Bobby Jindal is one beneficiary. In January, Jindal hosted “The Response,” the Lane-organized prayer rally that was modeled on a similar event that Lane put together in 2011 to help Rick Perry launch his ill-fated presidential bid. Two months later, Lane organized a meet-and-greet for Bobby Jindal with pastors in Greenville, South Carolina. Jindal has also accepted Lane’s invitation for his own trip to Israel this summer, where he will be joined by evangelical pastors from the early primary states of Iowa, New Hampshire, South Carolina and Nevada. Rand Paul talked about his own trip to Israel with Lane this past fall at a meeting Lane organized for Paul with a group of North Carolina pastors.
Lane also picked up the tab – reportedly a million dollars -- for a group of pastors from Iowa, Nevada, New Hampshire and South Carolina (four early primary contests) to join Mike Huckabee on a European tour. It was a pilgrimage to Poland, London, and California to celebrate the leadership of Pope John Paul II, Margaret Thatcher, and Ronald Reagan. Right-wing blogger Bethany Blankley joined Huckabee’s European tour, on which the subpoena of Houston ministers’ emails and sermons were apparently cited to suggest American Christians were facing Nazi-like persecution. “On route to Auschwitz,” she wrote, “Lane reference similarities between 1930 Germany and 2014 America.” Huckabee said at Auschwitz that the horrors carried out by educated Germany “should be a sobering reminder that unless we stand against evil in our own time,” another Holocaust to another people group “will happen again.”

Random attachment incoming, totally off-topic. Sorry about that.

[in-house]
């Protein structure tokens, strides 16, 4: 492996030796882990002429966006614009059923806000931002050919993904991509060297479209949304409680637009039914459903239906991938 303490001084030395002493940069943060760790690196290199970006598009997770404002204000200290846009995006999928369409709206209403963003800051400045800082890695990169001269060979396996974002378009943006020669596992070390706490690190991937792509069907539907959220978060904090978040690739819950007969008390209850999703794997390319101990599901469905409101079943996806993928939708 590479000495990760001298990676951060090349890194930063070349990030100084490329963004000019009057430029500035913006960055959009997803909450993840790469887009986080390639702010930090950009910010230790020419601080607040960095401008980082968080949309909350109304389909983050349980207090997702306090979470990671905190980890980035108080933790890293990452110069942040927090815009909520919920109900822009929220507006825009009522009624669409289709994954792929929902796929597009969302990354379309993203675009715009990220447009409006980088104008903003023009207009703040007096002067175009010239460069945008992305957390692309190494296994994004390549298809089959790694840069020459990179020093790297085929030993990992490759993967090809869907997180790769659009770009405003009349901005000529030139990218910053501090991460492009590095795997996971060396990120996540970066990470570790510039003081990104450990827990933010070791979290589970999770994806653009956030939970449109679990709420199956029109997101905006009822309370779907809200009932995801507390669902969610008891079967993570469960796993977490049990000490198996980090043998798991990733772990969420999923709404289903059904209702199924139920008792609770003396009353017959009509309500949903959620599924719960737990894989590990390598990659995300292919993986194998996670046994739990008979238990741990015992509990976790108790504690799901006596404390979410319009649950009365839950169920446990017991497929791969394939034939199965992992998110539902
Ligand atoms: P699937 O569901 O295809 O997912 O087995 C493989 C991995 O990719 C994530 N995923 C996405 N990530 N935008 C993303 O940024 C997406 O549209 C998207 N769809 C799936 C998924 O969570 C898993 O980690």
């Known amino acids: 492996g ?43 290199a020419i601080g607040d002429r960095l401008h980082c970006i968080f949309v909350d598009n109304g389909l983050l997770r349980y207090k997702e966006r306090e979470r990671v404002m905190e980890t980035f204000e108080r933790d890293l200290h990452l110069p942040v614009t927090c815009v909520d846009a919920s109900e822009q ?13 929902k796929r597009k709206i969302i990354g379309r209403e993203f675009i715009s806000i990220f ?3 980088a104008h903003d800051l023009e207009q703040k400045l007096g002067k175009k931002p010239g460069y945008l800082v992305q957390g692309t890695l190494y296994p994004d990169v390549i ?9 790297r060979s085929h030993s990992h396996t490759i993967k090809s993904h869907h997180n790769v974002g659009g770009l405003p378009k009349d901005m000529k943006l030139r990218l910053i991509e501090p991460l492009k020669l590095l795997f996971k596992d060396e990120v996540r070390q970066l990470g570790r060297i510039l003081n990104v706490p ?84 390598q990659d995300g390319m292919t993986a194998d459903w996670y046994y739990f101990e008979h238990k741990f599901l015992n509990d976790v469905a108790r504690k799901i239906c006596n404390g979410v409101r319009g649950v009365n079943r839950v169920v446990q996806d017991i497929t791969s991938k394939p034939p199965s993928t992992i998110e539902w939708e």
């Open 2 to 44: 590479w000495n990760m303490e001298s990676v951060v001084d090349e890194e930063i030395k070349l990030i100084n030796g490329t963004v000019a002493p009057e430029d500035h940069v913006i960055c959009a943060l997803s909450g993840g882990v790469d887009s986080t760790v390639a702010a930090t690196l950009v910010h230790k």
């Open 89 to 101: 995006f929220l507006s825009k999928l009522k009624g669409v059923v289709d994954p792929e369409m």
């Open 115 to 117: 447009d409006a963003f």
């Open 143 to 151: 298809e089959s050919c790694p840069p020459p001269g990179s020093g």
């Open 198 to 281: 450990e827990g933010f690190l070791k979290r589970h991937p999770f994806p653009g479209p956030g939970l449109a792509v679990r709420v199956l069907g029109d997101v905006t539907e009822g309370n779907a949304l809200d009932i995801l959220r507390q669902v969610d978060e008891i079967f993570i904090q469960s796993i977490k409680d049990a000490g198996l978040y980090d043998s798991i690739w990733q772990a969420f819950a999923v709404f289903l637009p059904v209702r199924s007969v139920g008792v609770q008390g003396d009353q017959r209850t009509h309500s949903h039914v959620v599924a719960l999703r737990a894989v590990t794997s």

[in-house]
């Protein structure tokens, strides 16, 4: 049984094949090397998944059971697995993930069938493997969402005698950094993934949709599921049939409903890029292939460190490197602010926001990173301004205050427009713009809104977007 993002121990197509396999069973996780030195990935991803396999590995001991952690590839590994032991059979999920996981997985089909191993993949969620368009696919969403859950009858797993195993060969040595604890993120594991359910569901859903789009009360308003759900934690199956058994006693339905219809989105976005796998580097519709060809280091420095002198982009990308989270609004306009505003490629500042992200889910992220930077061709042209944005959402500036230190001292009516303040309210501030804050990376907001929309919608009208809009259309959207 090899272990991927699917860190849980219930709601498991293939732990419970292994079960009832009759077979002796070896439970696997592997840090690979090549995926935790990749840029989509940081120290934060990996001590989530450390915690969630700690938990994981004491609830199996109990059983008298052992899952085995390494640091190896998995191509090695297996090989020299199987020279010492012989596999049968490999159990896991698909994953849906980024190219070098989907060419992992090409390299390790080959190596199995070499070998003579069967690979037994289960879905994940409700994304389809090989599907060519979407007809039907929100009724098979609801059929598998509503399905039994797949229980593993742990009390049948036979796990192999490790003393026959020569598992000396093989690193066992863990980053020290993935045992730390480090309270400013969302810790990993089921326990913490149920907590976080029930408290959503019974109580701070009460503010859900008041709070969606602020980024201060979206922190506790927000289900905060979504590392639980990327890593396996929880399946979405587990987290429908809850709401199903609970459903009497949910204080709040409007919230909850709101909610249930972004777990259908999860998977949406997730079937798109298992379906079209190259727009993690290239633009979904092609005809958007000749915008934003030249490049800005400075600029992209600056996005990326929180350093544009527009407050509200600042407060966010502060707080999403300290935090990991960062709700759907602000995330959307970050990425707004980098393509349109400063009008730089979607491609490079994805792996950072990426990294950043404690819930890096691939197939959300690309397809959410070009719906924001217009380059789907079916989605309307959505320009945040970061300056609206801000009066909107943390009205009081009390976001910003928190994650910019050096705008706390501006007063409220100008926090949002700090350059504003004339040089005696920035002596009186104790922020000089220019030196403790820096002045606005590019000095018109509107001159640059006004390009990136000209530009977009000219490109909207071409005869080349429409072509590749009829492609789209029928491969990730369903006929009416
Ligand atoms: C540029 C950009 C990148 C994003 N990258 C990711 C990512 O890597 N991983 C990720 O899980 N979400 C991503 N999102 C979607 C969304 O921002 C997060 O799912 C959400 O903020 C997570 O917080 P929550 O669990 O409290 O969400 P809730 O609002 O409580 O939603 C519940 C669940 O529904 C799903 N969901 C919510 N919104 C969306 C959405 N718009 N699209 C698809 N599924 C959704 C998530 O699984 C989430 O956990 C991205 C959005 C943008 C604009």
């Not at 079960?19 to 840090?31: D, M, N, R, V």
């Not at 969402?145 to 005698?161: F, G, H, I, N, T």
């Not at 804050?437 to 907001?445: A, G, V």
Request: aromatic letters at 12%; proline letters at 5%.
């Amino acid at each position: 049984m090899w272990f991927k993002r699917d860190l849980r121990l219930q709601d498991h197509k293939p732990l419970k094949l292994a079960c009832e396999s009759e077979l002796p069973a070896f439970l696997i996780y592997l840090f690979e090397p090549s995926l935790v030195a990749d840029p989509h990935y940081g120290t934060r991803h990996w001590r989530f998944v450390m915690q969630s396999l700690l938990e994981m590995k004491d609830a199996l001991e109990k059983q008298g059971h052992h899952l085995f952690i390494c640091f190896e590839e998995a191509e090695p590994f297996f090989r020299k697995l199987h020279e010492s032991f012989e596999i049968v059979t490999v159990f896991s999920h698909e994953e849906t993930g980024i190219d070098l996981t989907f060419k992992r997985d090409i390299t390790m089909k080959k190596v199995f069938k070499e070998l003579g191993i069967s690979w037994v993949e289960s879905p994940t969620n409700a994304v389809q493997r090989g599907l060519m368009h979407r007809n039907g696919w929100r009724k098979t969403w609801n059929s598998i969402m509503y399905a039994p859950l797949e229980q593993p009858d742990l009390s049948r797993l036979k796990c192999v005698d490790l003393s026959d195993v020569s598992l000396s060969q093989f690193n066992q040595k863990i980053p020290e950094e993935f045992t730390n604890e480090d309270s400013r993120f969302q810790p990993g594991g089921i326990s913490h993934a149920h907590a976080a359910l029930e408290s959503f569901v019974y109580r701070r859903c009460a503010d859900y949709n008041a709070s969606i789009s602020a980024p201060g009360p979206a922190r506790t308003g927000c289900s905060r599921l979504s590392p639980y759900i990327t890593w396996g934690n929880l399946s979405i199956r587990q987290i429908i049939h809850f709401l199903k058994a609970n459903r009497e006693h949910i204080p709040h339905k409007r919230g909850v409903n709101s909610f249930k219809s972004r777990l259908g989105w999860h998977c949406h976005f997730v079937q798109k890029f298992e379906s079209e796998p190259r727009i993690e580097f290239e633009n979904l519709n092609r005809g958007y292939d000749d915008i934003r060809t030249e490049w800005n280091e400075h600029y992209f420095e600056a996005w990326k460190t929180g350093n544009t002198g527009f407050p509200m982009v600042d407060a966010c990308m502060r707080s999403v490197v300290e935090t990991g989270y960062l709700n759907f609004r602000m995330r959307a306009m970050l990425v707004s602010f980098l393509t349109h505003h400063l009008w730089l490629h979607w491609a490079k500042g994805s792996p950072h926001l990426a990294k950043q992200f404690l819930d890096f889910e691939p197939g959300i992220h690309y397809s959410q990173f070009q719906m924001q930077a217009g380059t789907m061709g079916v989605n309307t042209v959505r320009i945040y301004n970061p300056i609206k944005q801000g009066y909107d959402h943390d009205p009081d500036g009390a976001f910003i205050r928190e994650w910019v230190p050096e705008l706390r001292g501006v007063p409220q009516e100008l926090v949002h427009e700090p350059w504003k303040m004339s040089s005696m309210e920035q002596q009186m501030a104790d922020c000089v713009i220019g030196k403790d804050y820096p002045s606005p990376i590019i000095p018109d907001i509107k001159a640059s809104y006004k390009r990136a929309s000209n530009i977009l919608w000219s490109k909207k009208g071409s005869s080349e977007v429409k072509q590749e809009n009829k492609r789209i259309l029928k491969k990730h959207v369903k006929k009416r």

Lane, who calls himself a political operative, still tries to portray some of his events – like the Perry and Jindal prayer rallies, as spiritual and not political. But Huckabee was clear about the political benefits of his European junket: